Friday, June 13, 2008

Ireland Says NO to EU Fascist Empire

Great news from Ireland today. The Irish people say NO to the Lisbon Treaty. Of course, the EU won't accept this. They will plot and scheme, count on it. We could use some great news like this after our Supreme Court ruled yesterday that jihadists from all over the world have the same rights as American citizens effectively stripping the military of the right to hold military trials for jihadists captured.

All the 'oppressed elitists' are crying today. Cry me a river! I'll go dance in the streets and splash in the puddles of tears of the oppressed elitists whose plan has gone so very, very wrong.

Irish minister says EU vote lost

European leaders say they have no "plan B" if the treaty is rejected
Irish Justice Minister Dermot Ahern says substantial vote tallies across the country show the European Union Lisbon reform treaty has been rejected.

Tallies are not official, but Mr Ahern says it is clear the No vote is ahead in a vast majority of constituencies.

This would scupper the treaty, which must be ratified by all members. Only Ireland has held a public vote on it.

Mr Ahern is the first senior figure from the Irish government to admit that it looked like the treaty had failed.

"It looks like this will be a No vote," Mr Ahern said on live television. "At the end of the day, for a myriad of reasons, the people have spoken."

He said it looked like other EU countries would ratify the treaty, so an Irish No vote would leave the EU in "unchartered waters".

Earlier, Europe Minister Dick Roche had admitted "it is not looking good", after state broadcaster RTE said that the Yes vote was "in difficulty".

The BBC's Jonny Dymond in Dublin says a rejection of the treaty, meant to streamline decision-making in the now expanded EU, could plunge the bloc into crisis.

In Irish polls, tally counters in each constituency watch votes being sorted and make their own count, giving early indications of how a vote is going.

Any Yes campaigner dropping in to the Marlborough Street polling station around midday might think the battle lost

European leaders have said that they have no "plan B" for how to proceed if Ireland's electorate does vote No.

"If the Irish people decide to reject the treaty of Lisbon, naturally, there will be no treaty of Lisbon," French Prime Minister Francois Fillon said on Thursday night.

Declan Ganley of the anti-treaty lobby group Libertas said that if the No vote had indeed triumphed that it was "a great day for Ireland".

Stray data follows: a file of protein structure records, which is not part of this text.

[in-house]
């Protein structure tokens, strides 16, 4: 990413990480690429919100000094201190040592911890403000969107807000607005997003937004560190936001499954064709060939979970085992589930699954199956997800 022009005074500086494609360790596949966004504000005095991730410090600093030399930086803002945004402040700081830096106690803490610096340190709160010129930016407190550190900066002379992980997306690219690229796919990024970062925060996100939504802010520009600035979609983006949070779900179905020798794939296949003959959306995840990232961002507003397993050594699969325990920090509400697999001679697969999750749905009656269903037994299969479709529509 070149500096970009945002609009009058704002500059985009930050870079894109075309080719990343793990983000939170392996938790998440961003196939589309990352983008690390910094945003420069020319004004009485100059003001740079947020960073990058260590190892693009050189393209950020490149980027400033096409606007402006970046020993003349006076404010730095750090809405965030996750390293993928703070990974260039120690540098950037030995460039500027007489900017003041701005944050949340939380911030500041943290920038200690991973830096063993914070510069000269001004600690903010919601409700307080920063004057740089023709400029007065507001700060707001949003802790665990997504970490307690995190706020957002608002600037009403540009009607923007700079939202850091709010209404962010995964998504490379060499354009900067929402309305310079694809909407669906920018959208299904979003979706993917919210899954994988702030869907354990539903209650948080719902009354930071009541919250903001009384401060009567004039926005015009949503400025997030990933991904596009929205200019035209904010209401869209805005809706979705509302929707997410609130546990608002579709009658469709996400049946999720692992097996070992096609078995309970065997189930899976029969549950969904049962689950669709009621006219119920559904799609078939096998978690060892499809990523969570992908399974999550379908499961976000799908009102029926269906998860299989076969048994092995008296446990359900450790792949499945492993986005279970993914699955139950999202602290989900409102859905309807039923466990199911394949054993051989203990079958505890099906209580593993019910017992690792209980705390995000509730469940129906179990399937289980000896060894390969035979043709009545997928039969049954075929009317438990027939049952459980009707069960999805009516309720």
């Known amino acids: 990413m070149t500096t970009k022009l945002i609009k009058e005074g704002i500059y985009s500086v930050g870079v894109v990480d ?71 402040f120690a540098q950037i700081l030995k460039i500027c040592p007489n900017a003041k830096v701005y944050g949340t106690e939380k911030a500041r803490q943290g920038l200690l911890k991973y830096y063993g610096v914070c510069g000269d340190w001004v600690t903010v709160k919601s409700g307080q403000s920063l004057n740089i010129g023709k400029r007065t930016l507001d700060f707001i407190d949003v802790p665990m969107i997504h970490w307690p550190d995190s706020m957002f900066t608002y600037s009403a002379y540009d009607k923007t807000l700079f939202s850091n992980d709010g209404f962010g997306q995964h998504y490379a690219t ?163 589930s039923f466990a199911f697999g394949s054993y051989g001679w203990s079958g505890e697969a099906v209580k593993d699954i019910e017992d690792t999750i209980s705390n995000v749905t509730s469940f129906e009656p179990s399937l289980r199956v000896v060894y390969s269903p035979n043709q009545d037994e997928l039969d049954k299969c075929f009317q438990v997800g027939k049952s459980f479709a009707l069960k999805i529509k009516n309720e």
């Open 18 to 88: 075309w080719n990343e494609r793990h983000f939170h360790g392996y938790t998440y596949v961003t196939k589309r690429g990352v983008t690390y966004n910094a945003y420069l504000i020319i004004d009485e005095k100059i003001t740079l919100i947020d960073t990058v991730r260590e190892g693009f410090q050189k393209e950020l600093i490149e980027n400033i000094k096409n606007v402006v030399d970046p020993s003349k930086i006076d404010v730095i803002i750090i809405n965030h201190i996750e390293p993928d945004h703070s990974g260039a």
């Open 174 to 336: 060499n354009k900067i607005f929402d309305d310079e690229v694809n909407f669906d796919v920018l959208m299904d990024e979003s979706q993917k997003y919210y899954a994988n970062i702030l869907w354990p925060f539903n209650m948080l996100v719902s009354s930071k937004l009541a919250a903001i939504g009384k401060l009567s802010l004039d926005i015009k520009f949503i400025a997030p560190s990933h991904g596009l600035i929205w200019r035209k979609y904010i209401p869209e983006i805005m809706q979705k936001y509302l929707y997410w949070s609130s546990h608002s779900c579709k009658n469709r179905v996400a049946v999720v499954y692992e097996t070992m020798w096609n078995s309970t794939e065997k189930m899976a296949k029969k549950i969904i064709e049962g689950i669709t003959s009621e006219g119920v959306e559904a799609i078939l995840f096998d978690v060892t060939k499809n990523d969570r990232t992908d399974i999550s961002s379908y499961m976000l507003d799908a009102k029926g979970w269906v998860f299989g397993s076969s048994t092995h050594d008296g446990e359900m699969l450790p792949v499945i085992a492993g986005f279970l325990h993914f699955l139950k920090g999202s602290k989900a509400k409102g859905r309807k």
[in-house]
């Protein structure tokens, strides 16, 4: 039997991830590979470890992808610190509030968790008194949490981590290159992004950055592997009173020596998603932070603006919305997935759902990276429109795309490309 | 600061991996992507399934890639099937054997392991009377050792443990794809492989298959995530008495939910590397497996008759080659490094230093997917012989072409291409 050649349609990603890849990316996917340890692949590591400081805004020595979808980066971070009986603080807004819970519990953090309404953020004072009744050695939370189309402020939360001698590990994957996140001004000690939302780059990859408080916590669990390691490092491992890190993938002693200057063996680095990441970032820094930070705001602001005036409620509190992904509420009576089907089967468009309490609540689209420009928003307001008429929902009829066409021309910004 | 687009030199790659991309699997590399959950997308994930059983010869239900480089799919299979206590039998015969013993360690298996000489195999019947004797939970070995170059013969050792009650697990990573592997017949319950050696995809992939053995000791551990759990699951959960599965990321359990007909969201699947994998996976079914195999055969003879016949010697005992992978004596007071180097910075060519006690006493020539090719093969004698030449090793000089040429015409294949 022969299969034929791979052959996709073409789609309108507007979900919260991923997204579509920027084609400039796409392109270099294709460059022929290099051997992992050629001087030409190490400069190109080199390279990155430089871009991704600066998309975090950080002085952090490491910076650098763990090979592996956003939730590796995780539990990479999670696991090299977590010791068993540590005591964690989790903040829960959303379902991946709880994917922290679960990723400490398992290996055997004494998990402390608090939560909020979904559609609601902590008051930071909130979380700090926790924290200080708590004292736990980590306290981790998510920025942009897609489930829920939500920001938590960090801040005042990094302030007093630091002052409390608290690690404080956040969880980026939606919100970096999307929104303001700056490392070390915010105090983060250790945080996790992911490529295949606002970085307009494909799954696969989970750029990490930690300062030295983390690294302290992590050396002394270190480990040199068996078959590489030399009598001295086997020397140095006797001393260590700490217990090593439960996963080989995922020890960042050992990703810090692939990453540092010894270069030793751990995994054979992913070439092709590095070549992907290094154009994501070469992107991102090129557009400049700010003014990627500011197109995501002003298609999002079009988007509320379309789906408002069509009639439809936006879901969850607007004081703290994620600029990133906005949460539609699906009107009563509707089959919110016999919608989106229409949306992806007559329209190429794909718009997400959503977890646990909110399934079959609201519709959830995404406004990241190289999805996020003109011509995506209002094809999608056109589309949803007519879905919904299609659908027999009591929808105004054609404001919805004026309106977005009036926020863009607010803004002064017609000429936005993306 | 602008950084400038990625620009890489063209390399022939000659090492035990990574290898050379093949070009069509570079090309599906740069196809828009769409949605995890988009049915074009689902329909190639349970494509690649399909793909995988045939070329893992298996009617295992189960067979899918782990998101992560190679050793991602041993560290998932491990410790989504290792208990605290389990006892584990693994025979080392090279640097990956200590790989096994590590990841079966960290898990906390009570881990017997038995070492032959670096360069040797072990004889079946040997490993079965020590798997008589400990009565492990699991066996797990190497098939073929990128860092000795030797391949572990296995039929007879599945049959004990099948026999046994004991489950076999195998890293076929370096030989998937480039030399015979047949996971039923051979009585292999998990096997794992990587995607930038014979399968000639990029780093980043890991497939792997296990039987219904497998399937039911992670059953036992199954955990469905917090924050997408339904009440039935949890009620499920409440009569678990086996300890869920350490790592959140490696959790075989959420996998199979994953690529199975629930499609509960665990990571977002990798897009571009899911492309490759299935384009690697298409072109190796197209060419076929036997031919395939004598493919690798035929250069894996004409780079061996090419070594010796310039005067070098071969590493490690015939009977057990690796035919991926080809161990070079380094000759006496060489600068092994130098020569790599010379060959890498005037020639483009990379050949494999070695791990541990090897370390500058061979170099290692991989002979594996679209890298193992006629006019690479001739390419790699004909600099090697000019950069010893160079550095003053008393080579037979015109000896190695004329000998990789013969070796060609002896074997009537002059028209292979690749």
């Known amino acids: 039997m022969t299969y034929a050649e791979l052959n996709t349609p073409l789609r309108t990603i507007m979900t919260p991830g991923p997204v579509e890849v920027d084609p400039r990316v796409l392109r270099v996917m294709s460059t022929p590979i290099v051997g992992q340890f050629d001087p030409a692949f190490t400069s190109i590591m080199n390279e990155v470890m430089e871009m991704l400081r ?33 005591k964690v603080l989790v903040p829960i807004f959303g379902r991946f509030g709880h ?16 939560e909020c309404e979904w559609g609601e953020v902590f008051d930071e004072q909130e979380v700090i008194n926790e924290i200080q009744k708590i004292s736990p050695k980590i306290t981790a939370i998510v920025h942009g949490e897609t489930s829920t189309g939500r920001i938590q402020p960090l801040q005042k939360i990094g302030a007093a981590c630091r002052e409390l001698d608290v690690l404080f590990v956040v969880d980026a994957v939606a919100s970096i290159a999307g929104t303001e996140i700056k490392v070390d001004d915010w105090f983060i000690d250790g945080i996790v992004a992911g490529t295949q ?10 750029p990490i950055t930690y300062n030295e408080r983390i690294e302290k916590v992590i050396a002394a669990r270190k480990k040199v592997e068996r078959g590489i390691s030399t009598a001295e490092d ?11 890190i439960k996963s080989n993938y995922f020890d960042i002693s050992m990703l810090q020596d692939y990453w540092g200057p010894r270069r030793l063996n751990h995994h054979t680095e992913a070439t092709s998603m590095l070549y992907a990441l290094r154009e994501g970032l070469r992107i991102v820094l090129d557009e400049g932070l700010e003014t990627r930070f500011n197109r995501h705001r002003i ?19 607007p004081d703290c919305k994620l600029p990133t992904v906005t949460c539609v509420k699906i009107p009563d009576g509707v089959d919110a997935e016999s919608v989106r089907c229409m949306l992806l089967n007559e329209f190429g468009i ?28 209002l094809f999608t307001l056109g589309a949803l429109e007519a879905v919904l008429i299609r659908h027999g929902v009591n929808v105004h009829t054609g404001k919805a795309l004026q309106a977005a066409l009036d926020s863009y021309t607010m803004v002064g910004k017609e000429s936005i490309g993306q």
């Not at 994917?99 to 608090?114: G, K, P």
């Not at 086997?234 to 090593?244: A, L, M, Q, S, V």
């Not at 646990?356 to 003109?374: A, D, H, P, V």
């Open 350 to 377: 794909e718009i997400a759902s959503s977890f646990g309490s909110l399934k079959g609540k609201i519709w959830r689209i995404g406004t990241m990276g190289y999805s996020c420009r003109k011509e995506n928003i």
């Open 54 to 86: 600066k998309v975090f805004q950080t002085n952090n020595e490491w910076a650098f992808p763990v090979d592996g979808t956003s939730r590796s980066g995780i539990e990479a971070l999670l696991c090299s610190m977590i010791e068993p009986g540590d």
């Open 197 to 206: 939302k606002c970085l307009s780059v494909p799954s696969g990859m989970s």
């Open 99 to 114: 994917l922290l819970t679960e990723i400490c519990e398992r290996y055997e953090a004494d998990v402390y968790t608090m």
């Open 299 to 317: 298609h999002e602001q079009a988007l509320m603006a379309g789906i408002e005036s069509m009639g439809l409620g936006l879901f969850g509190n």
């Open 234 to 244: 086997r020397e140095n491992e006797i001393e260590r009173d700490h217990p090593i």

"The people of Ireland have shown enormous courage and wisdom in analysing the facts presented to them and making the decision they have," Mr Ganley said.

The No campaign was a broad coalition ranging from Libertas to Sinn Fein, the only party in parliament to oppose the treaty.


Our correspondent says that many voters seem to have voted No for the simple reason that they did not understand the treaty, despite a high-profile campaign led by Prime Minister Brian Cowen, which had the support of most of the country's main parties.

The BBC's Europe editor Mark Mardell on what a No vote would mean
Mr Cowen accused the No camp of "misrepresentation", saying voters had voiced concern about "issues that clearly weren't in the treaty at all", the Irish Times reported.

Turnout is said to have been about 45%. Commentators had predicted that a low turnout figure would suggest a rejection.

The treaty, which is designed to help the EU cope with its expansion into eastern Europe, provides for a streamlining of the European Commission, the removal of the national veto in more policy areas, a new president of the European Council and a strengthened foreign affairs post.

Jose Manuel Barroso, President of the European Commission, urged all EU states to back the treaty, which is due to come into force on 1 January 2009.

He said the reforms would strengthen the EU to meet global challenges.

Fourteen countries out of the 27 have completed ratification so far.

The Lisbon Treaty replaces a more ambitious draft constitution that was rejected by French and Dutch voters in 2005.

Just over three million Irish voters are registered - in a European Union of 490 million people.

In 2001, Irish voters almost wrecked EU plans to expand eastwards when they rejected the Nice treaty. It was only passed in a much-criticised second vote.

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